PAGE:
Qualcomm's new Bluetooth chips could bring ANC to cheaper true wireless buds

Qualcomm's new Bluetooth chips could bring ANC to cheaper true wireless buds
(Image credit: JBL)

Qualcomm's next generation of Bluetooth chips aims to bring high-end features such as noise-cancellation, superior voice assistant integration and ultra-low power consumption to more affordable true wireless earbuds.

The mid-tier QCC304x and premium QCC514x chips integrate active noise-cancellation technology alongside the increasingly popular 'hear through' function, allowing cheaper earbuds to adopt the functionality. Currently, ANC tech is mostly the preserve of premium propositions such as the Apple AirPods Pro, Sony WF-1000XM3 and Sennheiser Momentum True Wireless 2 around the £200/$200 mark.

The chips are supposedly more power efficient, too, so that even with noise-cancellation on battery life should last longer.

Both chips feature Qualcomm's TrueWireless Mirroring technology, too, which wirelessly connects just one earbud to the phone (or other source) so that it can mirror playback to the other earbud. The idea is that this warrants less complex synchronisation and therefore delivers a more reliable, robust connection.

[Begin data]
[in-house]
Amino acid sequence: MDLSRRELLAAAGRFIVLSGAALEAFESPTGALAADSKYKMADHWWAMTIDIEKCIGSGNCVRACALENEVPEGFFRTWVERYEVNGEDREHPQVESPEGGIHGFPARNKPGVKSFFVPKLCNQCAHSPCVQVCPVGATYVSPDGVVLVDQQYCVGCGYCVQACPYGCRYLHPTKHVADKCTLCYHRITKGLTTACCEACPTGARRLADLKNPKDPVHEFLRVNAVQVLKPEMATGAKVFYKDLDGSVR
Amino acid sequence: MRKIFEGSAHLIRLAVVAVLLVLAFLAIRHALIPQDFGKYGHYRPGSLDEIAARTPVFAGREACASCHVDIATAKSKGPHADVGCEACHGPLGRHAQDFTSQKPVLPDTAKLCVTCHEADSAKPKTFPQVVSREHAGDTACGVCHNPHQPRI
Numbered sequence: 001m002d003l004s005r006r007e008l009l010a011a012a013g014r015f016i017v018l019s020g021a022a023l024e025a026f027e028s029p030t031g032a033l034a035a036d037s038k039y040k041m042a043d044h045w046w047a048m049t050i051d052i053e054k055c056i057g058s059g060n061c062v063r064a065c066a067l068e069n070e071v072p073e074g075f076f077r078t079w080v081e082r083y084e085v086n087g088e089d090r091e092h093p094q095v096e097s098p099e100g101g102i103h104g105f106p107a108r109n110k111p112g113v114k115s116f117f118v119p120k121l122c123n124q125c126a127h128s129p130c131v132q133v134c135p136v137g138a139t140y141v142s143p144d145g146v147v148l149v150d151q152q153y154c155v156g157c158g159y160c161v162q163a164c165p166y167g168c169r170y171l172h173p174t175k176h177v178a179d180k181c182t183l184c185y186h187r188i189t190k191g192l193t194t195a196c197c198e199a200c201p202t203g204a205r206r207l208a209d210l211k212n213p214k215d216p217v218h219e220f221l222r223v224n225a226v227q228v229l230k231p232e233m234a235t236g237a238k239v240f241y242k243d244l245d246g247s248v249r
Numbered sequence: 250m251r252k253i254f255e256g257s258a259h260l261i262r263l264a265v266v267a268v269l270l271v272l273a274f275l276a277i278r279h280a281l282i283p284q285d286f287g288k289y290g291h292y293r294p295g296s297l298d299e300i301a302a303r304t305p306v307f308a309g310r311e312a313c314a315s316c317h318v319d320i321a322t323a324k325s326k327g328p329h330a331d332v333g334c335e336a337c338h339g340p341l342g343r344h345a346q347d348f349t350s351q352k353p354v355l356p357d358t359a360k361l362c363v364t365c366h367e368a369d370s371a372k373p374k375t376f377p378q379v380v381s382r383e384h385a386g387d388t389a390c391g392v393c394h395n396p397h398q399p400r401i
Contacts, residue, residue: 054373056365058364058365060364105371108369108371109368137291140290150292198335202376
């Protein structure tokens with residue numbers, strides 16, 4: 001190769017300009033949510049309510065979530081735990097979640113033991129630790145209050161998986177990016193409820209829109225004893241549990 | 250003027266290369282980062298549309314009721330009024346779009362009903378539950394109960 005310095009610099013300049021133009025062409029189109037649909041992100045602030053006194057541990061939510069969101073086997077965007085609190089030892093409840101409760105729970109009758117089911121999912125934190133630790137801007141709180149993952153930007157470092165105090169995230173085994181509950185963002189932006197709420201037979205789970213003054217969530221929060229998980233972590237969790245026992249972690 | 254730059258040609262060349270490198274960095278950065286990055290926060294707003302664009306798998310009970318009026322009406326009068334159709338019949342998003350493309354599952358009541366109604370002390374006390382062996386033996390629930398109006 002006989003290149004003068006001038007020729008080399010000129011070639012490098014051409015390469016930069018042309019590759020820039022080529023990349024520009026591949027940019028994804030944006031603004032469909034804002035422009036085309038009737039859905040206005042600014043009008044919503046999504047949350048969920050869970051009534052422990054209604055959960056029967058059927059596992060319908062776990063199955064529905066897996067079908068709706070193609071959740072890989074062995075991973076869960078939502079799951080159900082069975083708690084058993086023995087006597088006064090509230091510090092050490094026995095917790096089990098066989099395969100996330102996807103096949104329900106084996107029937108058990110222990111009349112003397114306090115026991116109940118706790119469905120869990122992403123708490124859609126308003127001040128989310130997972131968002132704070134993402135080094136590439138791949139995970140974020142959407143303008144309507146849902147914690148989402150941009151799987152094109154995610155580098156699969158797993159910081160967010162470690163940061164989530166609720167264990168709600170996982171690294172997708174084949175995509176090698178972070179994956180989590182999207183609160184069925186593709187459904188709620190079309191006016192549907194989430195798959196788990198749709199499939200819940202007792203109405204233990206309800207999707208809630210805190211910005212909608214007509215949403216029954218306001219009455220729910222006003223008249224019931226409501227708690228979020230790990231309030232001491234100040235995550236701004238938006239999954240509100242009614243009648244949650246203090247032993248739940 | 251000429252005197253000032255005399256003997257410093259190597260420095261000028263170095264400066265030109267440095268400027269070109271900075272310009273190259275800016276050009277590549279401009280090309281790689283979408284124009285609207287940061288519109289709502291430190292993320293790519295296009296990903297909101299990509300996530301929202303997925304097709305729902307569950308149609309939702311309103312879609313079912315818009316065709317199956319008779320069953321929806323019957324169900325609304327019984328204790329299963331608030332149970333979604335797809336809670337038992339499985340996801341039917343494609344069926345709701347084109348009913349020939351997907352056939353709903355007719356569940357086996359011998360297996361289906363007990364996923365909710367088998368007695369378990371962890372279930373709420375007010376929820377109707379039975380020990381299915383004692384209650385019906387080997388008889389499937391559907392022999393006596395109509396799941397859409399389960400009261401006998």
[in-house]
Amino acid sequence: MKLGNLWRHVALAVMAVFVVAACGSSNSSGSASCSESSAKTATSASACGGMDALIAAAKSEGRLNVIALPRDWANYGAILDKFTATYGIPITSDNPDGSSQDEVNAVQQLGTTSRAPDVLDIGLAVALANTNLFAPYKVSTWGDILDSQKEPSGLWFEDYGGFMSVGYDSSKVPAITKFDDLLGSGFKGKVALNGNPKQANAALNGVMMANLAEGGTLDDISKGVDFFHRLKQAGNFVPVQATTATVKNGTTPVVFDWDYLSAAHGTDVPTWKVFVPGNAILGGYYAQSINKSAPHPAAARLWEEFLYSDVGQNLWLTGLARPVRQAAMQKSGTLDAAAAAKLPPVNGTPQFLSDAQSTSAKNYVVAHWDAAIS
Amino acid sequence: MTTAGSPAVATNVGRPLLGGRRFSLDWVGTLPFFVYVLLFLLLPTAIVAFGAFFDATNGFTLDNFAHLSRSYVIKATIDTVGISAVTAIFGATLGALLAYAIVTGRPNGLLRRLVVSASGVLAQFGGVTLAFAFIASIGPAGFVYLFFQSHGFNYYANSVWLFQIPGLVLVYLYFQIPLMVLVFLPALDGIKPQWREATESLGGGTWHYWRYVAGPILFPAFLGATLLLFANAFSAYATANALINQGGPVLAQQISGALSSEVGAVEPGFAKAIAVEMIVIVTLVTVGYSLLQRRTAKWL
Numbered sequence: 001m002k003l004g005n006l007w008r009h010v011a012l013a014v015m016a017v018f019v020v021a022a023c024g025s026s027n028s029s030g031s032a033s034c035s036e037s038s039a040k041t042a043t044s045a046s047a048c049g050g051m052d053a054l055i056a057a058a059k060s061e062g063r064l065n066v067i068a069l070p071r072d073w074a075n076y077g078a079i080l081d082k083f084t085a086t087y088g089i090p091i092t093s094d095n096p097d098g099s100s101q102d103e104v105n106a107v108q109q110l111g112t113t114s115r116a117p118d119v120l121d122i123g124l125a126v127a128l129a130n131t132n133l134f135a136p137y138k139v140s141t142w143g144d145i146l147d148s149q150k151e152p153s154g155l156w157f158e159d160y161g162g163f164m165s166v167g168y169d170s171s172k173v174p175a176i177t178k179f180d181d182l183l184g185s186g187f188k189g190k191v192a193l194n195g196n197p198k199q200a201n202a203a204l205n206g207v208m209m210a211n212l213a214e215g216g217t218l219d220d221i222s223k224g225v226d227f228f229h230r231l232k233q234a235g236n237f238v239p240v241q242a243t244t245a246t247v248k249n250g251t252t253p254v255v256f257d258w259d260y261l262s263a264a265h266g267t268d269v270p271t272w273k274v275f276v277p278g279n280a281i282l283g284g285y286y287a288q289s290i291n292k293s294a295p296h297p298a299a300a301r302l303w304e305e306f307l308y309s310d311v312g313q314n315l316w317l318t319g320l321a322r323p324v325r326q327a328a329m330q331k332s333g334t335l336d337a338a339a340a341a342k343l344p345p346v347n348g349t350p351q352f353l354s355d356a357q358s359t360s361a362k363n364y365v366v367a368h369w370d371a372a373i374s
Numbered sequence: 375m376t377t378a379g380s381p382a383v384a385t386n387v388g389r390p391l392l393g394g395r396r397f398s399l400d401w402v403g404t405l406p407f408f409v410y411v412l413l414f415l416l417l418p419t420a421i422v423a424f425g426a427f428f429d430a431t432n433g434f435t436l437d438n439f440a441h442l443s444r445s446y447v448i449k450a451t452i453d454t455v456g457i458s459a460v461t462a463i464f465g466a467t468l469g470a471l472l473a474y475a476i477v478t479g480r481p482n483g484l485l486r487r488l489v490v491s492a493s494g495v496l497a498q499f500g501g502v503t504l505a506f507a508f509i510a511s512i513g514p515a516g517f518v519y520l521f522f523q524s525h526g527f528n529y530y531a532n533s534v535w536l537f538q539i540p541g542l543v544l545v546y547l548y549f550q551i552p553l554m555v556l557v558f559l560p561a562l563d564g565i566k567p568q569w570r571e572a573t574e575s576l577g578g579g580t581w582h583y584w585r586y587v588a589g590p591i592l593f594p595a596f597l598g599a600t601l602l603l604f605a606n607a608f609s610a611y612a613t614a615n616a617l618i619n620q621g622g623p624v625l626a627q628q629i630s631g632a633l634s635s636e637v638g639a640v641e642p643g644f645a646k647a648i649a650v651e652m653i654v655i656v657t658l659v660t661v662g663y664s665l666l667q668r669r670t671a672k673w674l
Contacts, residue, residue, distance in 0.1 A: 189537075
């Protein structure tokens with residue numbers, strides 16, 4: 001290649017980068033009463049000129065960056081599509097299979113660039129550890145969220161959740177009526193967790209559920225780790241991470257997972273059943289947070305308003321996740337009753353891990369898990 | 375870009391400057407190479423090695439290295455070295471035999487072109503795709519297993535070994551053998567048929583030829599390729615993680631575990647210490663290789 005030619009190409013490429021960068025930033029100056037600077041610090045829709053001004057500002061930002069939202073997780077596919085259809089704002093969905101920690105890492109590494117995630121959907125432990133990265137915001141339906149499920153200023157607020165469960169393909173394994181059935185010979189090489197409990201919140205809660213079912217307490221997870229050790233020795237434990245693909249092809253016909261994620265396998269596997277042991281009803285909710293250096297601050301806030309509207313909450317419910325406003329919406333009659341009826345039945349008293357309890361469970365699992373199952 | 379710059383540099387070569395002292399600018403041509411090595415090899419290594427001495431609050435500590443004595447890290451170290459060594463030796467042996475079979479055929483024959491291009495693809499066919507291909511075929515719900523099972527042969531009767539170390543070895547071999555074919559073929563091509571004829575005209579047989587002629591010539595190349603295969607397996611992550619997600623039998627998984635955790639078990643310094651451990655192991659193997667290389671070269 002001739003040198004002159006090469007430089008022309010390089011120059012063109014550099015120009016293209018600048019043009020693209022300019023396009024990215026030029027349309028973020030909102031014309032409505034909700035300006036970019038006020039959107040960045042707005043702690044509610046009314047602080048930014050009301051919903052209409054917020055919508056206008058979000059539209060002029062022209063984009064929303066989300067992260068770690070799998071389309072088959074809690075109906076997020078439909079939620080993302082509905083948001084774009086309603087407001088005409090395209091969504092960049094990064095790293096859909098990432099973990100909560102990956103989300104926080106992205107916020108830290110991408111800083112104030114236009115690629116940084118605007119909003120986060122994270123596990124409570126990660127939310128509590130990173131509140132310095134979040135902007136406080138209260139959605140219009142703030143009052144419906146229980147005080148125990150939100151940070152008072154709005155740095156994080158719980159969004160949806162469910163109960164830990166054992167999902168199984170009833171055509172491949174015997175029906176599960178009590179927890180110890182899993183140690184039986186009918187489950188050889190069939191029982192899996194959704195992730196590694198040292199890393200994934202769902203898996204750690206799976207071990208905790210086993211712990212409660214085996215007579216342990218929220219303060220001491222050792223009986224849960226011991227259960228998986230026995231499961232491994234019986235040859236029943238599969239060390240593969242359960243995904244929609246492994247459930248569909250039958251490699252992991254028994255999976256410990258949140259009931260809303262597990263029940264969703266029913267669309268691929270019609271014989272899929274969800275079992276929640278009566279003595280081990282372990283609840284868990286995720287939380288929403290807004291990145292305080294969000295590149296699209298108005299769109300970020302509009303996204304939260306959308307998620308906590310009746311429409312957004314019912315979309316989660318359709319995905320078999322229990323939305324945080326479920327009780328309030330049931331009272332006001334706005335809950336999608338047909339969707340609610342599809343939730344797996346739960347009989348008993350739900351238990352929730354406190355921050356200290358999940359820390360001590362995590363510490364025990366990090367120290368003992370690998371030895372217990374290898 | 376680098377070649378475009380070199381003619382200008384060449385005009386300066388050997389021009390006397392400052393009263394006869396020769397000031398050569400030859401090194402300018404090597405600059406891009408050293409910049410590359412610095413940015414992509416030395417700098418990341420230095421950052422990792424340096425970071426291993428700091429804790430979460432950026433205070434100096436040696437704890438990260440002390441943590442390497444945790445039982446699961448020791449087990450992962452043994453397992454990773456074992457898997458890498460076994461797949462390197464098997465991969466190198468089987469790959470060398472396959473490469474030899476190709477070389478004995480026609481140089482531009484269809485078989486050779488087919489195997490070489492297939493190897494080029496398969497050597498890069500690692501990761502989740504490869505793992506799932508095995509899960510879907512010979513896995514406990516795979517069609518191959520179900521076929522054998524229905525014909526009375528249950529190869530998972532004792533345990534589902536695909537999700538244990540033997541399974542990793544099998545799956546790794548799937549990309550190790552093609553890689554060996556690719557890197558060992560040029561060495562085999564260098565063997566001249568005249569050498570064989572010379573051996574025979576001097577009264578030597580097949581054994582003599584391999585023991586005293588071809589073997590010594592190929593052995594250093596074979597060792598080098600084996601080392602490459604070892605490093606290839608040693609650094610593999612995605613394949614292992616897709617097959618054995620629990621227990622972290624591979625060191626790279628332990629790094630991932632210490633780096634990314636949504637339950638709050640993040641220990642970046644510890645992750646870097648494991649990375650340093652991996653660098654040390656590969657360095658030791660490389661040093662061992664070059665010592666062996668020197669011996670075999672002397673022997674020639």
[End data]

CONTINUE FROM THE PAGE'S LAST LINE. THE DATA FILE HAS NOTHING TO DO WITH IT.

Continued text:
This design also allows one earbud to be taken out without it affecting playback on the other. And Qualcomm says that if you are, say, on a voice call and your right-hand side is noisy, it will automatically switch to using the microphone on the left bud.

The difference between the two chips lies predominantly in their voice assistant capabilities. While the QCC304x provides push-button activation (meaning you'll have to physically push a button to activate voice control), the QCC514x is able to initiate voice control through a wake word, ie. the wearer saying "Alexa" or "Hey Google". Qualcomm claims the QCC514x is capable of a 22 per cent longer battery life with ANC and 'always-on' voice detection on.

It seems Qualcomm's new chips (the QCC304x especially) could pave the way for more affordable noise-cancelling true wireless earbuds, then – and who would argue with that?


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Becky Roberts

Becky is the managing editor of What Hi-Fi? and, since her recent move to Melbourne, also the editor of Australian Hi-Fi magazine. During her 10 years in the hi-fi industry, she has been fortunate enough to travel the world to report on the biggest and most exciting brands in hi-fi and consumer tech (and has had the jetlag and hangovers to remember them by). In her spare time, Becky can often be found running, watching Liverpool FC and horror movies, and hunting for gluten-free cake.